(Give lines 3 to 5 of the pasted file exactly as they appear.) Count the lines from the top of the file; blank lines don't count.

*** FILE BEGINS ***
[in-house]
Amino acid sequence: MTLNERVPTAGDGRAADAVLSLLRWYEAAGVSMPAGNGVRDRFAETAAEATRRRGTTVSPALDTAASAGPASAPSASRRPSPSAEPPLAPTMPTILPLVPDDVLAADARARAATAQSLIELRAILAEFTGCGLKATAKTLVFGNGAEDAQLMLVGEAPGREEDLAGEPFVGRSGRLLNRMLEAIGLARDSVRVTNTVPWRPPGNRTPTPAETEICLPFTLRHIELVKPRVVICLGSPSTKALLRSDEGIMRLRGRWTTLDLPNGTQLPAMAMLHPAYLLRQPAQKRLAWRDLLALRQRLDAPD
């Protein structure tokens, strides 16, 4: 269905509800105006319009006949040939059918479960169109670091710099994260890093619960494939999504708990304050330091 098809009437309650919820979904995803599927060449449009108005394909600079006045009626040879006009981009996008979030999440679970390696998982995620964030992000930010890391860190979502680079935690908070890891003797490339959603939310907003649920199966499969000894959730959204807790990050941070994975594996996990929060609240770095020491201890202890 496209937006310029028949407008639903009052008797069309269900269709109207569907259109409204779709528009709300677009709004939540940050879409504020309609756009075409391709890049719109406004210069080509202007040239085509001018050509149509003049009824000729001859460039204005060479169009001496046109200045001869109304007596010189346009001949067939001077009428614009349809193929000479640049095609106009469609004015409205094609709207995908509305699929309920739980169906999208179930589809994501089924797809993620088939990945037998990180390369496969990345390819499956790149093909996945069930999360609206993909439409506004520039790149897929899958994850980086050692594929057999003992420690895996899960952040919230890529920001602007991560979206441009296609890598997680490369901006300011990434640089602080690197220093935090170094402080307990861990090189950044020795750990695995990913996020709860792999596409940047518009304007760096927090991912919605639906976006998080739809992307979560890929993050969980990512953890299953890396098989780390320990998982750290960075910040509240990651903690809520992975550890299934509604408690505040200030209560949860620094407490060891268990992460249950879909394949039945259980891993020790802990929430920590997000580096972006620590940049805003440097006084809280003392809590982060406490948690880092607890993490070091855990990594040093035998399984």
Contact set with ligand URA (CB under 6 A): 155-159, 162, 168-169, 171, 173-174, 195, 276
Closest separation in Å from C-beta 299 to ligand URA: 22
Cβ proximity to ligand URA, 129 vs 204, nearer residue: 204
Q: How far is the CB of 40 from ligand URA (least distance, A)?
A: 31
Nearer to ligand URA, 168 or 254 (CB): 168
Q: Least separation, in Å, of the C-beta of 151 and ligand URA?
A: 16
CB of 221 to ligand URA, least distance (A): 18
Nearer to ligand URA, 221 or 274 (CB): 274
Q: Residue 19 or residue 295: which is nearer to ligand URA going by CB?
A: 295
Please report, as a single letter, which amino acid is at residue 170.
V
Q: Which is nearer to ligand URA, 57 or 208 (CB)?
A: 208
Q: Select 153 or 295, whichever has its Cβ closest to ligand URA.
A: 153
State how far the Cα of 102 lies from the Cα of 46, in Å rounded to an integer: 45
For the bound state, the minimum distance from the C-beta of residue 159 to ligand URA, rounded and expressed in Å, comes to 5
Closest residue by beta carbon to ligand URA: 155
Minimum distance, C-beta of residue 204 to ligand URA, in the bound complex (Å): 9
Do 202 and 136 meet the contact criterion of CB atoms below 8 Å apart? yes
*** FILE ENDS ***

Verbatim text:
């Protein structure tokens, strides 16, 4: 269905509800105006319009006949040939059918479960169109670091710099994260890093619960494939999504708990304050330091 098809009437309650919820979904995803599927060449449009108005394909600079006045009626040879006009981009996008979030999440679970390696998982995620964030992000930010890391860190979502680079935690908070890891003797490339959603939310907003649920199966499969000894959730959204807790990050941070994975594996996990929060609240770095020491201890202890 496209937006310029028949407008639903009052008797069309269900269709109207569907259109409204779709528009709300677009709004939540940050879409504020309609756009075409391709890049719109406004210069080509202007040239085509001018050509149509003049009824000729001859460039204005060479169009001496046109200045001869109304007596010189346009001949067939001077009428614009349809193929000479640049095609106009469609004015409205094609709207995908509305699929309920739980169906999208179930589809994501089924797809993620088939990945037998990180390369496969990345390819499956790149093909996945069930999360609206993909439409506004520039790149897929899958994850980086050692594929057999003992420690895996899960952040919230890529920001602007991560979206441009296609890598997680490369901006300011990434640089602080690197220093935090170094402080307990861990090189950044020795750990695995990913996020709860792999596409940047518009304007760096927090991912919605639906976006998080739809992307979560890929993050969980990512953890299953890396098989780390320990998982750290960075910040509240990651903690809520992975550890299934509604408690505040200030209560949860620094407490060891268990992460249950879909394949039945259980891993020790802990929430920590997000580096972006620590940049805003440097006084809280003392809590982060406490948690880092607890993490070091855990990594040093035998399984």
Contact set with ligand URA (CB under 6 A): 155-159, 162, 168-169, 171, 173-174, 195, 276
Closest separation in Å from C-beta 299 to ligand URA: 22